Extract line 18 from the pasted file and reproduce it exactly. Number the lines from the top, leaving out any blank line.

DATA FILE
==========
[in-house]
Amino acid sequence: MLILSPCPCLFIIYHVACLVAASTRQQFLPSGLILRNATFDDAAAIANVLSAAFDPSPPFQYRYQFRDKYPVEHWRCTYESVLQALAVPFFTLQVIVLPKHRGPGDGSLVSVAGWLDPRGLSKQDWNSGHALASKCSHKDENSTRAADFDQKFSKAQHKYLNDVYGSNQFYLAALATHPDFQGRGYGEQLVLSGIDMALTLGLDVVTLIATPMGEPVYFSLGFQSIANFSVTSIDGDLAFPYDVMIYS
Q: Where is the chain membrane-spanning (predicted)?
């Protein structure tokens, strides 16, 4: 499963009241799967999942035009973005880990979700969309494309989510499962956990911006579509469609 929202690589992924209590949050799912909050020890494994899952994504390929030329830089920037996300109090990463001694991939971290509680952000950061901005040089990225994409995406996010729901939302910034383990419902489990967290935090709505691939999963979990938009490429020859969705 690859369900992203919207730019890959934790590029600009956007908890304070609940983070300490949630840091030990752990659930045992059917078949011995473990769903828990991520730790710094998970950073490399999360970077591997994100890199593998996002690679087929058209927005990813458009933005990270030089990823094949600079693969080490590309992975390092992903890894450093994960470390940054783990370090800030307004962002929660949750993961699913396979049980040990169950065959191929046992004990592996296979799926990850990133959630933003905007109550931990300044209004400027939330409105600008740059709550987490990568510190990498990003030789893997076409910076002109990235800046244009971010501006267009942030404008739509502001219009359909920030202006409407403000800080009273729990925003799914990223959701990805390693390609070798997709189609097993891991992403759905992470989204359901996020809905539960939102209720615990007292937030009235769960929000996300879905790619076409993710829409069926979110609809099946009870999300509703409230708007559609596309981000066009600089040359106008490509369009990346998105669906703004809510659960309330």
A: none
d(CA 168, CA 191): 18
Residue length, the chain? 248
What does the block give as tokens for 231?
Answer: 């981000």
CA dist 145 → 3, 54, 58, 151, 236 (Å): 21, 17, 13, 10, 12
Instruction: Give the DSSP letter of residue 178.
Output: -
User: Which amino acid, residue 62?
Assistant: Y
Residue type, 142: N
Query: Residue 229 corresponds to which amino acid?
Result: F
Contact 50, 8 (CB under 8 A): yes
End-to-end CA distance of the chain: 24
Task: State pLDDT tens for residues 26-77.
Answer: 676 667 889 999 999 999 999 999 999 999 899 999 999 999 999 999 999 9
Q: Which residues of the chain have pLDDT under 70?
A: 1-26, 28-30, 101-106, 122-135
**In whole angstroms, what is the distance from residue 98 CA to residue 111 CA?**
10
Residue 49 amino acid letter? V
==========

Contact 50, 8 (CB under 8 A): yes